Hungary rewards highly cited scientists with bonus grants
Earlier this year, cell biologist Attila Reményi was facing his toughest decision since returning to his native Hungary a decade ago. With his generous start-up funding about to run out, should he downsize his lab?
Then, in June, the government’s National Research, Development and Innovation Office (NRDNI) put out a call for five-year basic-research grants of up to 300 million Hungarian forints (US$1.18 million) each for highly cited scientists such as Reményi. “It came out of the blue,” says Reményi at the Hungarian Academy of Sciences (HAS) Research Centre for Natural Sciences, Budapest, who learnt on 13 November that he was among 12 winners.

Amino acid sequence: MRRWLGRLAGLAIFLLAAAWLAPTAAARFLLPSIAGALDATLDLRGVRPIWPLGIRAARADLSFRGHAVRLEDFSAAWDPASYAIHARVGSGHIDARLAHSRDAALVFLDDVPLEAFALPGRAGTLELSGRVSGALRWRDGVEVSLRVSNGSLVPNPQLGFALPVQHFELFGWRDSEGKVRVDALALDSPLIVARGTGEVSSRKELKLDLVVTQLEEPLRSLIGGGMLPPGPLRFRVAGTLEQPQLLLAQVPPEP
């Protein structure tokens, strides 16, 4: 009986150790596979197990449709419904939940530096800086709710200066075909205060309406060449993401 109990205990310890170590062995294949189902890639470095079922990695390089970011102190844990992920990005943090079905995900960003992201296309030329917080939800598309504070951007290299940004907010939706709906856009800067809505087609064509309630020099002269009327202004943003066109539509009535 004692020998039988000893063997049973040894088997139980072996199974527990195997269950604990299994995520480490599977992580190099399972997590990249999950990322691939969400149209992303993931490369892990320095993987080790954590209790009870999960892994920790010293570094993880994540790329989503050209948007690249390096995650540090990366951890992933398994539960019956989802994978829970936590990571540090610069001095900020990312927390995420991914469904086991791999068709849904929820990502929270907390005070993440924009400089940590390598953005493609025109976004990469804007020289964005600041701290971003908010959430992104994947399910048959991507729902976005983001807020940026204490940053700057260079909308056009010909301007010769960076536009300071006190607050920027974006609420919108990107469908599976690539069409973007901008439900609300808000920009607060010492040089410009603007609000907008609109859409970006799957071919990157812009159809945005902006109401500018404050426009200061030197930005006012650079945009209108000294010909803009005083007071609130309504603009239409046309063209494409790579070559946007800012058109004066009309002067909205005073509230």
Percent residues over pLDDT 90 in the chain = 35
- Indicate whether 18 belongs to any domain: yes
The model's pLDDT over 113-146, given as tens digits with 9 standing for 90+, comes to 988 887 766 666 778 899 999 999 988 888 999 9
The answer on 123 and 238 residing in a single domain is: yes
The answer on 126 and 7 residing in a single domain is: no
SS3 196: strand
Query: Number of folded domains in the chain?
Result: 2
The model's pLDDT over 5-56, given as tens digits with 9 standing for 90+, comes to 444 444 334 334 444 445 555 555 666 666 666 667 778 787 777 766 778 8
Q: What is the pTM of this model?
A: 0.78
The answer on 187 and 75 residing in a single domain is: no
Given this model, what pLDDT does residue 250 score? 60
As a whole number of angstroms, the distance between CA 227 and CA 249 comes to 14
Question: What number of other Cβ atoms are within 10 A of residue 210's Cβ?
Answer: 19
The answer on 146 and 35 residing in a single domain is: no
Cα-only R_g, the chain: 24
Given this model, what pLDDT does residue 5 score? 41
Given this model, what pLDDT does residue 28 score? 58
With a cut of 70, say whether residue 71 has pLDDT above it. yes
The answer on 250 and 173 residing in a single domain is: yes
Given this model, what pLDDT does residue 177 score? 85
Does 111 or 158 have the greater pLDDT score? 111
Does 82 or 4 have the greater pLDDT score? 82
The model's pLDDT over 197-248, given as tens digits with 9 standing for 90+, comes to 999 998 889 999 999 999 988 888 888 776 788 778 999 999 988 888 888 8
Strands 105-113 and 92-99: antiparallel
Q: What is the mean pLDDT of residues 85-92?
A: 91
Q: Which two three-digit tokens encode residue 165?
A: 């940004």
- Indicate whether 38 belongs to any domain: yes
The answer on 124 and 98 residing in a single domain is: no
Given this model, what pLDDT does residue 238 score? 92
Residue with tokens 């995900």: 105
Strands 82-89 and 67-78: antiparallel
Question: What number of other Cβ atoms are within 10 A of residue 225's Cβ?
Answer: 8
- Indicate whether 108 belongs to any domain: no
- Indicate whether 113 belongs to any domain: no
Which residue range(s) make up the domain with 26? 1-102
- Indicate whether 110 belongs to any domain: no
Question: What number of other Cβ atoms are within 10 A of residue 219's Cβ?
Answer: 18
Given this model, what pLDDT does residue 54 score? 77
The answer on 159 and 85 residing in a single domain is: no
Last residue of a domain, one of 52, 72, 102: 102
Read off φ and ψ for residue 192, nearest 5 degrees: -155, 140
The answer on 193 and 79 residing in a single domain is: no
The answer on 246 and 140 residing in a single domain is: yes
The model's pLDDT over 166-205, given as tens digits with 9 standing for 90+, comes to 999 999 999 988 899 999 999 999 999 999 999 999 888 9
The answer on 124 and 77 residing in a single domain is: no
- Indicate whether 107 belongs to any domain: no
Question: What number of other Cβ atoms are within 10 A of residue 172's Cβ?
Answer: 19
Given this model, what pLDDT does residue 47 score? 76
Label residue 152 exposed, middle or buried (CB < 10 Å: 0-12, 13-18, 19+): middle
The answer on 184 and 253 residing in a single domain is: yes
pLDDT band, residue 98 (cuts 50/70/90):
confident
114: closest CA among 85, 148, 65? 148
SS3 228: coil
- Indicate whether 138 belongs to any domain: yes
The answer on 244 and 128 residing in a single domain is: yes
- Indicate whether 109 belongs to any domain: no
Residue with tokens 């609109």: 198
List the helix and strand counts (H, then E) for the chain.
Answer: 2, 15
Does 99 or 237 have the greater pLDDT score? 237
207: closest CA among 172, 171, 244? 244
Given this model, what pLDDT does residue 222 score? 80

But for NRDNI president József Pálinkás, the Frontline Research Excellence grants are the result of years of work. They are part of a plan to create a long-term, systematic plan of grants and rewards to encourage researchers in all fields to strive for world-class publications and to tempt Hungarian scientists working abroad to return. In a country whose leaders are coming under increasing criticism for autocratic and xenophobic tendencies, scientists say that the situation for science has never been rosier.